UK biometric passports project set back by simple cloning possibilities
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UK Government faces now a big problem related to the introduction of the new
biometric passports as recently it has been proven these passports can be
easily and very cheaply copied by means of a microchip reader that can be
legally bought on the Internet.
As a big embarrassment to the Home Office, a project having led to the
increase of the travel documents by 60 per cent since March 2006, and that
brought about 90 million euro costs for the passport production lines, may
be entirely dropped as the new passports are more a risk for their owners
rather than an improvement to the old documents.
“Three million people now have passports that expose them to a greater risk
of identity fraud than before.” said Nick Clegg, the Liberal Democrat home
UK government decided to introduce the micro-chipped biometric passports in
order to make theft more difficult, but an investigation led by the Guardian
has shown the respective passports can be easily read and copied. The data
obtained from three passports were transferred to a PC after gaining access
to the chips by means of a simple microchip reader, purchased from the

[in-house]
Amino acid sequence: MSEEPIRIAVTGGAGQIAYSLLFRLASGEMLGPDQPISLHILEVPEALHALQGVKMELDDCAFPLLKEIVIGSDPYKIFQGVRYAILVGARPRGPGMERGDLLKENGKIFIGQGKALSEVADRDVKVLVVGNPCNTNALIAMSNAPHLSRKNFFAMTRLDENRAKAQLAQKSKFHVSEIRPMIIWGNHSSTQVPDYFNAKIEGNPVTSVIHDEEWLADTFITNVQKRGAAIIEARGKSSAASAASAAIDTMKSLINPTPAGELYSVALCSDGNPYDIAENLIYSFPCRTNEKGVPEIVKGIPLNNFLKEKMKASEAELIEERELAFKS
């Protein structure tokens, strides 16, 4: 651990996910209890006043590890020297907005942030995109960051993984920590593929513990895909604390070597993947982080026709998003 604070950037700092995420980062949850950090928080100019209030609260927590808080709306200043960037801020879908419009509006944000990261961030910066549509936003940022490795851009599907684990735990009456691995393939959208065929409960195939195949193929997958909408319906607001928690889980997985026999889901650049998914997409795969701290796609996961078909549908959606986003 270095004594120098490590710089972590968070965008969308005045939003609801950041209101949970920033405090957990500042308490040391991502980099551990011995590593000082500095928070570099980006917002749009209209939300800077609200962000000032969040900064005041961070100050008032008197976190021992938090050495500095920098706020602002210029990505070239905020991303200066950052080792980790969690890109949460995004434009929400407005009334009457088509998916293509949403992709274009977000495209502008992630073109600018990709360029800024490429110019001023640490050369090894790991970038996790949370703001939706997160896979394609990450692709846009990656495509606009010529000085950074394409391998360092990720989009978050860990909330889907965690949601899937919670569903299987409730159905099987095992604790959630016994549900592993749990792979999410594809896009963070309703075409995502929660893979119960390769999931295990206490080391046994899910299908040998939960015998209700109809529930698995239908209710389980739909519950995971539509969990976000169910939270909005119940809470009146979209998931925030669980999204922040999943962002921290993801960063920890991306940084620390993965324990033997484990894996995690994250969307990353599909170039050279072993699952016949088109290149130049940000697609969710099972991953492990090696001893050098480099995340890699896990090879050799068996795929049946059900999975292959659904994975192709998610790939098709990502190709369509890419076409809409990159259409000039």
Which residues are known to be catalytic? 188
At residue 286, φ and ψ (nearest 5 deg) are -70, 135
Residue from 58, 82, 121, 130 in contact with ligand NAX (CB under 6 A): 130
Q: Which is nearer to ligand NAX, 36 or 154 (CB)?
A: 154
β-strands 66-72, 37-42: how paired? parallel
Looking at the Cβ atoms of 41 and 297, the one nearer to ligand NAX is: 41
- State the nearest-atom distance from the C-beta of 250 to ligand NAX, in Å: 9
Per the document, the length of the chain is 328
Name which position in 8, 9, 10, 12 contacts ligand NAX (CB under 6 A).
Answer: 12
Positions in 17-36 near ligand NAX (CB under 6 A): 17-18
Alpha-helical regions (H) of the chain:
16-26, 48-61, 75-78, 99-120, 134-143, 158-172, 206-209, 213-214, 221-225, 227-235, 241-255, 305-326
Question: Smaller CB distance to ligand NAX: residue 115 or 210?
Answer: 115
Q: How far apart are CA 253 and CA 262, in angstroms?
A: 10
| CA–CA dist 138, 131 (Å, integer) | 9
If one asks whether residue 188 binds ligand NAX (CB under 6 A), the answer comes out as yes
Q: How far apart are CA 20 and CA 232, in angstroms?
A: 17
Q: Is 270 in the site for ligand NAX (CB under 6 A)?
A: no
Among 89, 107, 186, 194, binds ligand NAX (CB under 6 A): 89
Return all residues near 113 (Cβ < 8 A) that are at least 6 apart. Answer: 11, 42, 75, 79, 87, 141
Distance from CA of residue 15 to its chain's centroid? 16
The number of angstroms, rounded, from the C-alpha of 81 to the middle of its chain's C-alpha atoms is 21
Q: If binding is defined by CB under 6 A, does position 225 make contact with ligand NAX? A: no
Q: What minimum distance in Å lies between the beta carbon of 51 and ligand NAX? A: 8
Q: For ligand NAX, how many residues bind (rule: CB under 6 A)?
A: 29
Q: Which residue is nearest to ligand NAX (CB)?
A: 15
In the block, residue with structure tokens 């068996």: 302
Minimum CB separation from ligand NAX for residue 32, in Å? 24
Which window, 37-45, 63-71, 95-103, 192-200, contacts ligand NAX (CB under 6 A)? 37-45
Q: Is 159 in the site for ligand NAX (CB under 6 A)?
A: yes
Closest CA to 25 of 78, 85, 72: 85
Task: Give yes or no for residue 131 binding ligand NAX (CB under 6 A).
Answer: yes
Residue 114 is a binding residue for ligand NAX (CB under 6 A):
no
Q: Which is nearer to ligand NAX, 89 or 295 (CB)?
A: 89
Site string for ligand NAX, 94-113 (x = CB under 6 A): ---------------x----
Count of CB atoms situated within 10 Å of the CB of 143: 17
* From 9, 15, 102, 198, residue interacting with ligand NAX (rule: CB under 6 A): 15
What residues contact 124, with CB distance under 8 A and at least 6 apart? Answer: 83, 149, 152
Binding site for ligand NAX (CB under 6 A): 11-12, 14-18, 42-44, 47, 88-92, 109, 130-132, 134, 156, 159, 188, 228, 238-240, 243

Internet for less than 150 euro, and then cloned with photograph included.
Computer expert Adam Laurie, who needed only 48 hours to write a software
capable to copy the information from the passports said: “The Home Office is
using strong cryptography to prevent conversations between the passport and
the reader being eavesdropped, but they are breaking one of the fundamental
principles of encryption by using non-secret information published in the
passport to create a ‘secret key’. That is the equivalent of installing a
solid steel front door to your house and putting the key under the mat.”
The Home Office commented on that considering the fact as not important:
“The information itself cannot be altered; the photo would still be the same
so the copy would be of no use to an impersonator trying to use it
fraudulently. Other than the photograph, which could be obtained easily by
other means, they would gain no information that they did not already have –
so the whole exercise would be utterly pointless.” stated a spokesman.
As Phil Booth of NO2ID said: “The government is clearly derelict in its duty
to protect the privacy and security of British citizens”.
Recall demand after cloning of new biometric passports (17.11.2006)
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Now, clone UK’s new biometric passports with a 100 pound download from the